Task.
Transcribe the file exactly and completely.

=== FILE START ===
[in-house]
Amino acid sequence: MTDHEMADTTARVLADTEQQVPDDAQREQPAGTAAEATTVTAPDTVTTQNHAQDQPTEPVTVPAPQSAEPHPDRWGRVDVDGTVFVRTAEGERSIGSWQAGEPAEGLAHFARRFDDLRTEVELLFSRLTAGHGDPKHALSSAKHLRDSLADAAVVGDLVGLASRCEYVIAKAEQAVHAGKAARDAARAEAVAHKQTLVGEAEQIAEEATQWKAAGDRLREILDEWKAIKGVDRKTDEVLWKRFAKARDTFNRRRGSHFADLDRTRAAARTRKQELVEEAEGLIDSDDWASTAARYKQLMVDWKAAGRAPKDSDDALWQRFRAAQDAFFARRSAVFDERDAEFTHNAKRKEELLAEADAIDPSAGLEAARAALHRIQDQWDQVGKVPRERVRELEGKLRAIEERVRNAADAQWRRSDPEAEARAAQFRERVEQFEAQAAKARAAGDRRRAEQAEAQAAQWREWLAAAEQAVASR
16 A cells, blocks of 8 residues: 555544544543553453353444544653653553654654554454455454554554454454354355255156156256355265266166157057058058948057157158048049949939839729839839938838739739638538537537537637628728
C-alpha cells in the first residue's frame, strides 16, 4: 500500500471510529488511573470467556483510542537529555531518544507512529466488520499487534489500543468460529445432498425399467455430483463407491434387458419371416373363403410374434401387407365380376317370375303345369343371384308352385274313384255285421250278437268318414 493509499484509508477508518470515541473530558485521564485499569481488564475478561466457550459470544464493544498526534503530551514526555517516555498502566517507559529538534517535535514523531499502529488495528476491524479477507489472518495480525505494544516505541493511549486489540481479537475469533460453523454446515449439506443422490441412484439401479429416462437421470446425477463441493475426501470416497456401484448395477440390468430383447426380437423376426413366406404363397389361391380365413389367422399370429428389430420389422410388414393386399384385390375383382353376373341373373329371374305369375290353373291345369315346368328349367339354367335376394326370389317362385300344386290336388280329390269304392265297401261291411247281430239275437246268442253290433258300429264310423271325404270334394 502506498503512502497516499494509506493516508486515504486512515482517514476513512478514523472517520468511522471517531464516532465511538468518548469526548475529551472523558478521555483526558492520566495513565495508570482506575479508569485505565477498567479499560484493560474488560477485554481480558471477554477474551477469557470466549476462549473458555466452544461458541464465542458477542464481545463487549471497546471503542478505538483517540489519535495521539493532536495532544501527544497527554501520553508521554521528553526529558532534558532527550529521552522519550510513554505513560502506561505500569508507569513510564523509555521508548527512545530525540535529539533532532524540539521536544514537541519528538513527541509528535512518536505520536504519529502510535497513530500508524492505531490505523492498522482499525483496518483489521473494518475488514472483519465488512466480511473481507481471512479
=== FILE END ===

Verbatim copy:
[in-house]
Amino acid sequence: MTDHEMADTTARVLADTEQQVPDDAQREQPAGTAAEATTVTAPDTVTTQNHAQDQPTEPVTVPAPQSAEPHPDRWGRVDVDGTVFVRTAEGERSIGSWQAGEPAEGLAHFARRFDDLRTEVELLFSRLTAGHGDPKHALSSAKHLRDSLADAAVVGDLVGLASRCEYVIAKAEQAVHAGKAARDAARAEAVAHKQTLVGEAEQIAEEATQWKAAGDRLREILDEWKAIKGVDRKTDEVLWKRFAKARDTFNRRRGSHFADLDRTRAAARTRKQELVEEAEGLIDSDDWASTAARYKQLMVDWKAAGRAPKDSDDALWQRFRAAQDAFFARRSAVFDERDAEFTHNAKRKEELLAEADAIDPSAGLEAARAALHRIQDQWDQVGKVPRERVRELEGKLRAIEERVRNAADAQWRRSDPEAEARAAQFRERVEQFEAQAAKARAAGDRRRAEQAEAQAAQWREWLAAAEQAVASR
16 A cells, blocks of 8 residues: 555544544543553453353444544653653553654654554454455454554554454454354355255156156256355265266166157057058058948057157158048049949939839729839839938838739739638538537537537637628728
C-alpha cells in the first residue's frame, strides 16, 4: 500500500471510529488511573470467556483510542537529555531518544507512529466488520499487534489500543468460529445432498425399467455430483463407491434387458419371416373363403410374434401387407365380376317370375303345369343371384308352385274313384255285421250278437268318414 493509499484509508477508518470515541473530558485521564485499569481488564475478561466457550459470544464493544498526534503530551514526555517516555498502566517507559529538534517535535514523531499502529488495528476491524479477507489472518495480525505494544516505541493511549486489540481479537475469533460453523454446515449439506443422490441412484439401479429416462437421470446425477463441493475426501470416497456401484448395477440390468430383447426380437423376426413366406404363397389361391380365413389367422399370429428389430420389422410388414393386399384385390375383382353376373341373373329371374305369375290353373291345369315346368328349367339354367335376394326370389317362385300344386290336388280329390269304392265297401261291411247281430239275437246268442253290433258300429264310423271325404270334394 502506498503512502497516499494509506493516508486515504486512515482517514476513512478514523472517520468511522471517531464516532465511538468518548469526548475529551472523558478521555483526558492520566495513565495508570482506575479508569485505565477498567479499560484493560474488560477485554481480558471477554477474551477469557470466549476462549473458555466452544461458541464465542458477542464481545463487549471497546471503542478505538483517540489519535495521539493532536495532544501527544497527554501520553508521554521528553526529558532534558532527550529521552522519550510513554505513560502506561505500569508507569513510564523509555521508548527512545530525540535529539533532532524540539521536544514537541519528538513527541509528535512518536505520536504519529502510535497513530500508524492505531490505523492498522482499525483496518483489521473494518475488514472483519465488512466480511473481507481471512479